With 27 series regulars, how’s a fan to keep track of who threatened/seduced/betrayed whom? Here are the ones to watch this season.
Last seen: For the self-proclaimed King of the North, winning battles is easy; it’s winning a war that’s been a problem. In Stark’s efforts to conquer the Lannisters’ forces and avenge his father’s death, he and his trusty direwolf are undefeated. But his camp life is a mess, particularly after he was forced to imprison his own mother (Michelle Fairley) for openly defying his orders.
What’s next: ”He’s running on empty,” Madden says. ”He’s constantly chasing the Lannisters, and they’re constantly running from him. So they’re exhausted, they’re starving, and he’s at the end of his tether.” This season Robb grows closer to his new medic wife (Oona Chaplin) and finally has some onscreen fighting. ”He gets a sword in his hands,” Madden teases, ”but the thing with Robb is he never wants to kill.”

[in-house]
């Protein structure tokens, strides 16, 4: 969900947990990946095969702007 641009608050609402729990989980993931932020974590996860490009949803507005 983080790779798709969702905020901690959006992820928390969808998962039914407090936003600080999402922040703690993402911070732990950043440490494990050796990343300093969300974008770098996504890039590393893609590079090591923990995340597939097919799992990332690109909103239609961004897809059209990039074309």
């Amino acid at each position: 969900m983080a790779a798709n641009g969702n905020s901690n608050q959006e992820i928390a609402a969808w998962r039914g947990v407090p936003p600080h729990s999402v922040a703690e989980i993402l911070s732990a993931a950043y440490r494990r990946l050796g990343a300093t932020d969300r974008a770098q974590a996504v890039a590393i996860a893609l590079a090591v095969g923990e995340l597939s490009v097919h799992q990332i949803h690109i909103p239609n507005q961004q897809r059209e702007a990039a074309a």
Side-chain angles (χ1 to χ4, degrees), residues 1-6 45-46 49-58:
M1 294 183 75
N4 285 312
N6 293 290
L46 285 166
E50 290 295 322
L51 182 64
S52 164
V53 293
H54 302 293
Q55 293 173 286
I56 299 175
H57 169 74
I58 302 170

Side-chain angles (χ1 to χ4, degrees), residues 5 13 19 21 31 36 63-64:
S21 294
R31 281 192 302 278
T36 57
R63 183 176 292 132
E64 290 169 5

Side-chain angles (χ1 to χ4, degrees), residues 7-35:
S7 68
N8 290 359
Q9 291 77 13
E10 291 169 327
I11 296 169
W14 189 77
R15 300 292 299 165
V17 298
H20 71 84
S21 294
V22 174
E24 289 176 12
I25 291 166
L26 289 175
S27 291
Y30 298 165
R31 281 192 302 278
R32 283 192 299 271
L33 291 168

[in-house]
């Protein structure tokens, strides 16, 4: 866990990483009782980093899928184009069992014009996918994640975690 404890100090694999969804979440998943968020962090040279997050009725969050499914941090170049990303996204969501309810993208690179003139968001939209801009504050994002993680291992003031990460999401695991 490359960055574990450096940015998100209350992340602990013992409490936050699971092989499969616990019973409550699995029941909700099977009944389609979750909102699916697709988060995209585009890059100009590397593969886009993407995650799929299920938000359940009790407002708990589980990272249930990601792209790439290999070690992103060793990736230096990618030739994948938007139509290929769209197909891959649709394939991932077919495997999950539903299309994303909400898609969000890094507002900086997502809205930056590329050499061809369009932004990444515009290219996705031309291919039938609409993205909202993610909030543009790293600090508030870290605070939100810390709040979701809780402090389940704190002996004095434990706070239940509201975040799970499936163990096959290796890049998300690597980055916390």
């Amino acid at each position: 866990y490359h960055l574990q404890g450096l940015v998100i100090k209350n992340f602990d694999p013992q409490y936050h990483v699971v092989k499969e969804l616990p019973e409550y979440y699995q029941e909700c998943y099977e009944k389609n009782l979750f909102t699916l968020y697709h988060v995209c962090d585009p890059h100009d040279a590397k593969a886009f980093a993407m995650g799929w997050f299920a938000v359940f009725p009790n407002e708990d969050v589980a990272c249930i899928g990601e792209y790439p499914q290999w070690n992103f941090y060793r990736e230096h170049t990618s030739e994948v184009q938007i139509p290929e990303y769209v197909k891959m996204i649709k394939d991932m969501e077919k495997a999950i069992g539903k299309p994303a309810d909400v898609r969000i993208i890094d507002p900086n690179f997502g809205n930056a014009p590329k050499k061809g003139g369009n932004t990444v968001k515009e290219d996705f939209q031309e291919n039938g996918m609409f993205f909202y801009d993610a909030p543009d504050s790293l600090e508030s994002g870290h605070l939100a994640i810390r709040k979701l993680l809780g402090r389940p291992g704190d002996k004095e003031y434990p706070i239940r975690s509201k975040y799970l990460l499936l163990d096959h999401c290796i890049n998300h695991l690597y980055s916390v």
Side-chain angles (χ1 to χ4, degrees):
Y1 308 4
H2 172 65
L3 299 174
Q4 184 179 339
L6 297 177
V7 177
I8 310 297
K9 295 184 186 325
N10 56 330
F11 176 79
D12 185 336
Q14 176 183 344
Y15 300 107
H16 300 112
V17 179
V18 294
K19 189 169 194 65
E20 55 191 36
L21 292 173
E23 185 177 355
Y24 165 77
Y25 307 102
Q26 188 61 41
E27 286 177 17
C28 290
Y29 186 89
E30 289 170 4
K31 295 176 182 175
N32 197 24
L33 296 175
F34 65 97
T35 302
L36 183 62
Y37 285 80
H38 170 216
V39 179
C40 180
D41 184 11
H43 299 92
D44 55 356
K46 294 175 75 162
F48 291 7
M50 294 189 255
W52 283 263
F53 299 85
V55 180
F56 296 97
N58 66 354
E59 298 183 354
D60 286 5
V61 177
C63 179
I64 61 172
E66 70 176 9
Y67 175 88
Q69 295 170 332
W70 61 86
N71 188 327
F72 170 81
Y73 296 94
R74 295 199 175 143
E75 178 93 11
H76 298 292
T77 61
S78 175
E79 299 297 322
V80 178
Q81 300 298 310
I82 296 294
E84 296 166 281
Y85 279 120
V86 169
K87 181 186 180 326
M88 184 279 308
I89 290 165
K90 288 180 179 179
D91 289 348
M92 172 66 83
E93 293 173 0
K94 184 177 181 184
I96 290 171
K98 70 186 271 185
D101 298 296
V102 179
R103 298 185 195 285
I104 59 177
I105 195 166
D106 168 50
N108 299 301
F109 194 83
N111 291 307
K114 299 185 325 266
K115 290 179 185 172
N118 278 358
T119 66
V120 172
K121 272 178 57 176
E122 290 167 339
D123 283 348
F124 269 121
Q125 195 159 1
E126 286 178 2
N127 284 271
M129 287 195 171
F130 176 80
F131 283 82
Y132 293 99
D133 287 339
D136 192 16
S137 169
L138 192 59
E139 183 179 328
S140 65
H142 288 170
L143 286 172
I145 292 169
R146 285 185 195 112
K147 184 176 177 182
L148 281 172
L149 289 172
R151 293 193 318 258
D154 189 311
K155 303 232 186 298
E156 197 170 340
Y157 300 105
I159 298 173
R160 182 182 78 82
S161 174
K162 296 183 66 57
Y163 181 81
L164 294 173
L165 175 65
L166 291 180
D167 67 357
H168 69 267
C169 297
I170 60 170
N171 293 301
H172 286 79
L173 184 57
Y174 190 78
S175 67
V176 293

Last seen: The hunky bastard-born Night’s Watch virgin infiltrated the Wildling army that’s threatening to invade Westeros.
What’s next: Snow meets charismatic Wildling leader Mance Rayder (Ciarán Hinds) and starts to question his own loyalty toward his brothers in black. ”He’s in a lot of turmoil,” Harington says. ”It’s a very tempting way of life.” Among those temptations: feisty, fire-kissed warrior Ygritte (Rose Leslie)
Last seen: The exiled last-standing Targaryen roared, ”Where are my dragons!?”…and then eventually found them.